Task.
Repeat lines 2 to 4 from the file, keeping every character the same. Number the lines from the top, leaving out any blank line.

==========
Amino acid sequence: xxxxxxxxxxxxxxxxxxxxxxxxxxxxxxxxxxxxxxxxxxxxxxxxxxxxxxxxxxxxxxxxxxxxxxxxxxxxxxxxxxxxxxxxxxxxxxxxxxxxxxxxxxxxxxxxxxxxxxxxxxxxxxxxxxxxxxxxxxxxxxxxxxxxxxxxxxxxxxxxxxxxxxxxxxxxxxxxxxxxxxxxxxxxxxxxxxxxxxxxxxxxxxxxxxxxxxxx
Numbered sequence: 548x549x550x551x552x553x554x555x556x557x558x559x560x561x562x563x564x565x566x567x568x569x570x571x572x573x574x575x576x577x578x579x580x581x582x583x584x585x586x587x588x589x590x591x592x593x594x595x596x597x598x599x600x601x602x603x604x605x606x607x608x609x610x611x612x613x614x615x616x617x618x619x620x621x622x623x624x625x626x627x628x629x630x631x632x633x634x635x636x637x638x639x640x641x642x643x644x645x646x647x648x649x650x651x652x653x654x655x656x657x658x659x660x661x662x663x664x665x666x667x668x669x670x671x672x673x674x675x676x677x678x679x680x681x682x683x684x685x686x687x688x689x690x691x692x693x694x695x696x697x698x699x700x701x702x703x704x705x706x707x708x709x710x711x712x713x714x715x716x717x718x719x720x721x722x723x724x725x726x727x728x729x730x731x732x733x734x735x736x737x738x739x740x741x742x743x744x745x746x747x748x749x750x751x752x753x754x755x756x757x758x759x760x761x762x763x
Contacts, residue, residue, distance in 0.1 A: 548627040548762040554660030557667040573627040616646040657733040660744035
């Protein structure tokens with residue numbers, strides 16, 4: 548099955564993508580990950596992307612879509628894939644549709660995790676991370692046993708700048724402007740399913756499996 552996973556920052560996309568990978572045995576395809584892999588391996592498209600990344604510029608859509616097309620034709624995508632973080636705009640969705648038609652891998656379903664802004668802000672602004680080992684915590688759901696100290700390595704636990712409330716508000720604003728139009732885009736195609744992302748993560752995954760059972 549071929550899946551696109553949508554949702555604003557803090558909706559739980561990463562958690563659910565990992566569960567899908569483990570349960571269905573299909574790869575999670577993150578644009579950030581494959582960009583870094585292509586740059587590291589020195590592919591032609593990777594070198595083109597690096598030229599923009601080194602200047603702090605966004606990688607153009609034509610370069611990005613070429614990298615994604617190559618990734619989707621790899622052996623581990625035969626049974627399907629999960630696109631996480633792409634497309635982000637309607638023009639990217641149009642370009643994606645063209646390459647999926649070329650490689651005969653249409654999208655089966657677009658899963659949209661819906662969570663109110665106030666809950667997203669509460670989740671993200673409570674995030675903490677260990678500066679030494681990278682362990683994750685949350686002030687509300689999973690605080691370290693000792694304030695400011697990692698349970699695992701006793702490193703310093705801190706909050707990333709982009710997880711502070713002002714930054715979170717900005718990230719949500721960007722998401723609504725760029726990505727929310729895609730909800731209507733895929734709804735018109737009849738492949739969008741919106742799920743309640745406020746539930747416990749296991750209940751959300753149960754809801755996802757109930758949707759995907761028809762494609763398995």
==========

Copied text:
Numbered sequence: 548x549x550x551x552x553x554x555x556x557x558x559x560x561x562x563x564x565x566x567x568x569x570x571x572x573x574x575x576x577x578x579x580x581x582x583x584x585x586x587x588x589x590x591x592x593x594x595x596x597x598x599x600x601x602x603x604x605x606x607x608x609x610x611x612x613x614x615x616x617x618x619x620x621x622x623x624x625x626x627x628x629x630x631x632x633x634x635x636x637x638x639x640x641x642x643x644x645x646x647x648x649x650x651x652x653x654x655x656x657x658x659x660x661x662x663x664x665x666x667x668x669x670x671x672x673x674x675x676x677x678x679x680x681x682x683x684x685x686x687x688x689x690x691x692x693x694x695x696x697x698x699x700x701x702x703x704x705x706x707x708x709x710x711x712x713x714x715x716x717x718x719x720x721x722x723x724x725x726x727x728x729x730x731x732x733x734x735x736x737x738x739x740x741x742x743x744x745x746x747x748x749x750x751x752x753x754x755x756x757x758x759x760x761x762x763x
Contacts, residue, residue, distance in 0.1 A: 548627040548762040554660030557667040573627040616646040657733040660744035
């Protein structure tokens with residue numbers, strides 16, 4: 548099955564993508580990950596992307612879509628894939644549709660995790676991370692046993708700048724402007740399913756499996 552996973556920052560996309568990978572045995576395809584892999588391996592498209600990344604510029608859509616097309620034709624995508632973080636705009640969705648038609652891998656379903664802004668802000672602004680080992684915590688759901696100290700390595704636990712409330716508000720604003728139009732885009736195609744992302748993560752995954760059972 549071929550899946551696109553949508554949702555604003557803090558909706559739980561990463562958690563659910565990992566569960567899908569483990570349960571269905573299909574790869575999670577993150578644009579950030581494959582960009583870094585292509586740059587590291589020195590592919591032609593990777594070198595083109597690096598030229599923009601080194602200047603702090605966004606990688607153009609034509610370069611990005613070429614990298615994604617190559618990734619989707621790899622052996623581990625035969626049974627399907629999960630696109631996480633792409634497309635982000637309607638023009639990217641149009642370009643994606645063209646390459647999926649070329650490689651005969653249409654999208655089966657677009658899963659949209661819906662969570663109110665106030666809950667997203669509460670989740671993200673409570674995030675903490677260990678500066679030494681990278682362990683994750685949350686002030687509300689999973690605080691370290693000792694304030695400011697990692698349970699695992701006793702490193703310093705801190706909050707990333709982009710997880711502070713002002714930054715979170717900005718990230719949500721960007722998401723609504725760029726990505727929310729895609730909800731209507733895929734709804735018109737009849738492949739969008741919106742799920743309640745406020746539930747416990749296991750209940751959300753149960754809801755996802757109930758949707759995907761028809762494609763398995």